Uzbekistan may become a member of a proposed "gas union" alongside Russia and Kazakhstan, Kommersant reported with reference to the press secretary of the Kazakh president, Ruslan Zheldibai.
According to Zheldibai, Kazakh President Kassym-Jomart Tokayev and his Russian counterpart Vladimir Putin discussed a plan for a possible union at a meeting in Moscow on November 28. He added that the main goal of the union was the coordination of actions for the transportation of Russian gas through the territories of Kazakhstan and Uzbekistan.
Faced with increasingly tough Western sanctions since the invasion of Ukraine, Russia has been seeking to reorient its exports of oil and gas eastwards, to China and other Asian markets.
EU states are currently discussing a gas price cap for Russian gas imports, though have so far failed to reach agreement on how high the cap should be.
The initiator of the idea of creating a gas union was Putin, Tokayev's spokesman said. The leader of the Russian Federation is going to discuss this issue with the President of Uzbekistan Shavkat Mirziyoyev by phone.
Russia’s Energy Minister Alexander Novak confirmed the negotiations on the creation of the association at the IV Russian-Chinese Energy Business Forum.
"Russia, Kazakhstan and Uzbekistan are discussing the possibility of creating a gas union," the Russian official said.
Kremlin spokesman Dmitry Peskov also confirmed the talks on a gas union, with the aim of coordinating supply plans.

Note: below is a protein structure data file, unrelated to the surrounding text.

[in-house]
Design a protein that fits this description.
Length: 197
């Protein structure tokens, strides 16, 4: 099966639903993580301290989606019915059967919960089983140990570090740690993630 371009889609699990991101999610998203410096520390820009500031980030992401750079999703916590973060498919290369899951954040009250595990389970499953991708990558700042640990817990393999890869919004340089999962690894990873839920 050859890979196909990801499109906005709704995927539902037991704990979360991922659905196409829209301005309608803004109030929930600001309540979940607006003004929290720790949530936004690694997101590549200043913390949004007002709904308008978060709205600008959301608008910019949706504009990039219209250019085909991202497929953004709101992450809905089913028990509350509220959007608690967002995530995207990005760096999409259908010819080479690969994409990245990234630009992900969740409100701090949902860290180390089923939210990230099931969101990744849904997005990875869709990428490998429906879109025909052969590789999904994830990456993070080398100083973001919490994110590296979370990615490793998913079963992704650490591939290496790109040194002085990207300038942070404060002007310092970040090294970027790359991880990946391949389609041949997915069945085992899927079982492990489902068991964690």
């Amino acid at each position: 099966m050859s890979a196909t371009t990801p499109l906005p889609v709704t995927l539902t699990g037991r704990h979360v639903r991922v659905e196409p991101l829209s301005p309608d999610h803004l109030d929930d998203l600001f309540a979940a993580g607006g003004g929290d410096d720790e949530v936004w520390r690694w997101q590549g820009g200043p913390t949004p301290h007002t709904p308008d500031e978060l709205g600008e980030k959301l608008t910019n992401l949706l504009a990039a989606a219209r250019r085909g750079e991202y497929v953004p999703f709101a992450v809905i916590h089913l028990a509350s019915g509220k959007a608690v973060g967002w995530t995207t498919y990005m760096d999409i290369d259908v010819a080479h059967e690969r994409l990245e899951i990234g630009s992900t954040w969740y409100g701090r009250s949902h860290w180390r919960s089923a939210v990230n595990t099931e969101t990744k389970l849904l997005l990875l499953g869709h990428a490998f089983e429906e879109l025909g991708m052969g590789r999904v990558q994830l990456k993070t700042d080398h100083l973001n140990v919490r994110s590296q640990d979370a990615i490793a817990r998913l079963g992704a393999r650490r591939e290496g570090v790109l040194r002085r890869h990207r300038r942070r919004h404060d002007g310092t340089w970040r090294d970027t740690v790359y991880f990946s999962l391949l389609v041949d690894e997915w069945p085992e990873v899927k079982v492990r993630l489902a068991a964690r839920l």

Peskov said, as quoted by Kommersant, that energy supply routes in the region are "extremely relevant” and that he believes a gas union "will meet the interests of all three countries”.
“Of course, this idea and initiative will take shape in some way. I mean in terms of formulating clear contours. We are talking about the fact that this is a huge, vast territory in a very important region,” Peskov added, reported Kommersant.
It is currently unclear whether Tashkent will opt to join the mooted union.
Uzbek political expert, Kamoliddin Rabbimov expressed hope that Uzbekistan would not join.
“We have enough reasons to say no. Firstly, if Uzbekistan starts cooperation in terms of the sale and purchase of energy with Russia, it in the end would lose its energy and geopolitical independence. Secondly, this would allow Russia to extend its ‘northern imperialistic viability’. Uzbekistan is the most geopolitically independent state in Central Asia. It can enter and leave the CSTO whenever it wants. It also enjoys observing the relationship of EEU states within the organisation, even if it is not its member. Under these circumstances, does one believe that the country would join the new ‘union’? Definitely not,” Rabbimov said.